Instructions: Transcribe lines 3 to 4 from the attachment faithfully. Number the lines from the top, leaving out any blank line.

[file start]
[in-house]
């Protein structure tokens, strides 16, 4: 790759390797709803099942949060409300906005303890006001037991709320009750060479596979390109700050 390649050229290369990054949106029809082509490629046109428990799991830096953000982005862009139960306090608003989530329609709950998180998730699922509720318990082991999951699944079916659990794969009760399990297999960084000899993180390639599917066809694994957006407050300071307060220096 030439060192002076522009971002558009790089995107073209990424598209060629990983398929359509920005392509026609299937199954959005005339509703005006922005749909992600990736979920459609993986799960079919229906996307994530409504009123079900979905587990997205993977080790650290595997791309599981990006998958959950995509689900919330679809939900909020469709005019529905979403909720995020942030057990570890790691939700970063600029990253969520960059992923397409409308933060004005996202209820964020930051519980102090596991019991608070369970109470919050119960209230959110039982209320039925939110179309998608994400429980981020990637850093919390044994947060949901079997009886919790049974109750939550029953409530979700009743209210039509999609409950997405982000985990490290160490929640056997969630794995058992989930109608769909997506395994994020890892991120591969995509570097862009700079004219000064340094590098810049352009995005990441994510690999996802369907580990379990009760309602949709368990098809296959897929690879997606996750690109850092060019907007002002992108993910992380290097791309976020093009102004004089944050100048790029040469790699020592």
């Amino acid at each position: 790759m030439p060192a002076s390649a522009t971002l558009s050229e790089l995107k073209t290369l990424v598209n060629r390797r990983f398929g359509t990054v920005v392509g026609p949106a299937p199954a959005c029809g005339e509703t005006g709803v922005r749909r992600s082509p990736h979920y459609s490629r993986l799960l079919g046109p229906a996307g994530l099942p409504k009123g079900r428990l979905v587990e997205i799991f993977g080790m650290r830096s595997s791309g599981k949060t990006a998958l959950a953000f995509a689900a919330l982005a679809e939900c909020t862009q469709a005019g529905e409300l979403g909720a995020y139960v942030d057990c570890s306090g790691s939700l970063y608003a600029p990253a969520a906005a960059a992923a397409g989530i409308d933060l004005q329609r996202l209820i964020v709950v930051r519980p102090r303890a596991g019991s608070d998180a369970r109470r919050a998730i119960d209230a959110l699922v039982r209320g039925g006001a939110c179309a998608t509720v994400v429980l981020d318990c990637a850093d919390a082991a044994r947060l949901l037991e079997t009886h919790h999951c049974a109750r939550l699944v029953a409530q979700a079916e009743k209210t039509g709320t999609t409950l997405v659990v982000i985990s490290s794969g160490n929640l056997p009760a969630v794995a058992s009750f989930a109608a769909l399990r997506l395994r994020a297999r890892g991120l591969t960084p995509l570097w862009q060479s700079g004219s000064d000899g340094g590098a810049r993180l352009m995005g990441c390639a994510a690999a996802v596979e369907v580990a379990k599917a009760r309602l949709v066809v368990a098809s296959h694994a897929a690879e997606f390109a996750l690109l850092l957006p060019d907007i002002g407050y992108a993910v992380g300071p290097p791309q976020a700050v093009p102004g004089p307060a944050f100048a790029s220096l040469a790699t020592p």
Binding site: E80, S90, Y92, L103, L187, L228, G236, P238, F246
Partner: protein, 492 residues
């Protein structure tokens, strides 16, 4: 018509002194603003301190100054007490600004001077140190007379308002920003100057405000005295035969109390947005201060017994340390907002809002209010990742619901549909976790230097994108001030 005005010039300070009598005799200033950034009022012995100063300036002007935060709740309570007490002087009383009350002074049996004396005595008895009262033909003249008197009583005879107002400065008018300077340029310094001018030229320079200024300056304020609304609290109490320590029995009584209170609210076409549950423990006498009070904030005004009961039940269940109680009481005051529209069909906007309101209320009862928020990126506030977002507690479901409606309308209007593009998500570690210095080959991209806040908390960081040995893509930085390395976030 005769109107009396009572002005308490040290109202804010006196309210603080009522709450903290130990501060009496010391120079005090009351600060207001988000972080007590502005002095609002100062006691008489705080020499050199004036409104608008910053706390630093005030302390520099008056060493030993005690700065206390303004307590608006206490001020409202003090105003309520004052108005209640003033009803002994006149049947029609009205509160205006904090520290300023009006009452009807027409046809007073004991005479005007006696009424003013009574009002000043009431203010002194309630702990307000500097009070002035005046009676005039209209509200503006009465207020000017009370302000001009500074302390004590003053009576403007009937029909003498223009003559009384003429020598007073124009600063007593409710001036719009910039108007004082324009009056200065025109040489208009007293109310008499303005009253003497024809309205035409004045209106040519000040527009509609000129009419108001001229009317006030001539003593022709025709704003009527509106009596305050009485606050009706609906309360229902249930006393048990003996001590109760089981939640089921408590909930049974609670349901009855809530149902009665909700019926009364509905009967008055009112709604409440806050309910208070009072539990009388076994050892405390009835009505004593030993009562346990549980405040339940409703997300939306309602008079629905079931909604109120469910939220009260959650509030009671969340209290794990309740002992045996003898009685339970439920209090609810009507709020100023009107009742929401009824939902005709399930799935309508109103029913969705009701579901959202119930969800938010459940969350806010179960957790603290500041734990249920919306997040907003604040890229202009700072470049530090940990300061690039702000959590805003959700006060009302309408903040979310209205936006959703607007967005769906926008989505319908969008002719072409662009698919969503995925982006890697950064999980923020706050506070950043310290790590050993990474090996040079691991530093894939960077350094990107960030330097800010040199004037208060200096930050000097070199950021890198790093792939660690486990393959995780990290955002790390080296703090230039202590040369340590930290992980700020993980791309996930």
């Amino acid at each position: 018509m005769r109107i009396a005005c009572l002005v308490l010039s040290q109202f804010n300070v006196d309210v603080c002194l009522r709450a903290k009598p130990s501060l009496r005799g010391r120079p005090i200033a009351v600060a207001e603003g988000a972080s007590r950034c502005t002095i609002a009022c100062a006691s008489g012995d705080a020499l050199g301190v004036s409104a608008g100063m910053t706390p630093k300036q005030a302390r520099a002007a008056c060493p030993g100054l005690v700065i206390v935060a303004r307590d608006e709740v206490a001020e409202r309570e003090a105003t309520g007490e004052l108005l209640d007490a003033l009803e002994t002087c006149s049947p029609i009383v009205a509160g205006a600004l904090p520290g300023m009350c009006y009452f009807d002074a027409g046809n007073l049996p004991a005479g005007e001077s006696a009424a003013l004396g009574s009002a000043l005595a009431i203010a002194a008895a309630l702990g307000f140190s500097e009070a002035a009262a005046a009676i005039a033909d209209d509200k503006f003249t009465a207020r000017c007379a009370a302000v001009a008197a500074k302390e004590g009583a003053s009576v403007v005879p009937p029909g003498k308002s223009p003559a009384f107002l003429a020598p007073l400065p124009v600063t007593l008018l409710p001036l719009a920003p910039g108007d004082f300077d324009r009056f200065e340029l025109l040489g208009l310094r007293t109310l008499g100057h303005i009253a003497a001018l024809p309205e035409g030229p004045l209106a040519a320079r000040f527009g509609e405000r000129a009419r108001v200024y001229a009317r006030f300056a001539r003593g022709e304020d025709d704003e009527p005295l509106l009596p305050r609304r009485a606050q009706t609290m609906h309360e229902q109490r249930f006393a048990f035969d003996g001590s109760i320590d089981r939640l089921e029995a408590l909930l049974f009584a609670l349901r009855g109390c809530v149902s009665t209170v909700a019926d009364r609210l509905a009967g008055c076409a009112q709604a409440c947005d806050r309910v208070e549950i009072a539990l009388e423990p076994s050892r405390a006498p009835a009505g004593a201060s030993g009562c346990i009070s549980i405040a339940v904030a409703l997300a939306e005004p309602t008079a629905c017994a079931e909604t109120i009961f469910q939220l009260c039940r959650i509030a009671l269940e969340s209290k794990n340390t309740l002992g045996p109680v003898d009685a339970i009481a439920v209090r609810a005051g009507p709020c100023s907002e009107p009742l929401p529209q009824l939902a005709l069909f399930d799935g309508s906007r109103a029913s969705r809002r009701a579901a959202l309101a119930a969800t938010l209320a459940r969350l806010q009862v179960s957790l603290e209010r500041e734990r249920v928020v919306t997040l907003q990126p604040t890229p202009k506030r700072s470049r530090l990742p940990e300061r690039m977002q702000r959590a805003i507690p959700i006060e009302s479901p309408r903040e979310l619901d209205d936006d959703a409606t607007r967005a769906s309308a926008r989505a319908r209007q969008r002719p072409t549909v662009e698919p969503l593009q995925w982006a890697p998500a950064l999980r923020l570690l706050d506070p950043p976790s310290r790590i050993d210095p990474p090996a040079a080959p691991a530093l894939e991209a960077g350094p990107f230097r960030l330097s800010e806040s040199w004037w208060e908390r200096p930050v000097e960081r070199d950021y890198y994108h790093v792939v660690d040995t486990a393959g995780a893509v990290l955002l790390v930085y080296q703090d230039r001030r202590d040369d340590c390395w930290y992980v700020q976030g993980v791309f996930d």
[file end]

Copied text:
């Amino acid at each position: 790759m030439p060192a002076s390649a522009t971002l558009s050229e790089l995107k073209t290369l990424v598209n060629r390797r990983f398929g359509t990054v920005v392509g026609p949106a299937p199954a959005c029809g005339e509703t005006g709803v922005r749909r992600s082509p990736h979920y459609s490629r993986l799960l079919g046109p229906a996307g994530l099942p409504k009123g079900r428990l979905v587990e997205i799991f993977g080790m650290r830096s595997s791309g599981k949060t990006a998958l959950a953000f995509a689900a919330l982005a679809e939900c909020t862009q469709a005019g529905e409300l979403g909720a995020y139960v942030d057990c570890s306090g790691s939700l970063y608003a600029p990253a969520a906005a960059a992923a397409g989530i409308d933060l004005q329609r996202l209820i964020v709950v930051r519980p102090r303890a596991g019991s608070d998180a369970r109470r919050a998730i119960d209230a959110l699922v039982r209320g039925g006001a939110c179309a998608t509720v994400v429980l981020d318990c990637a850093d919390a082991a044994r947060l949901l037991e079997t009886h919790h999951c049974a109750r939550l699944v029953a409530q979700a079916e009743k209210t039509g709320t999609t409950l997405v659990v982000i985990s490290s794969g160490n929640l056997p009760a969630v794995a058992s009750f989930a109608a769909l399990r997506l395994r994020a297999r890892g991120l591969t960084p995509l570097w862009q060479s700079g004219s000064d000899g340094g590098a810049r993180l352009m995005g990441c390639a994510a690999a996802v596979e369907v580990a379990k599917a009760r309602l949709v066809v368990a098809s296959h694994a897929a690879e997606f390109a996750l690109l850092l957006p060019d907007i002002g407050y992108a993910v992380g300071p290097p791309q976020a700050v093009p102004g004089p307060a944050f100048a790029s220096l040469a790699t020592p």
Binding site: E80, S90, Y92, L103, L187, L228, G236, P238, F246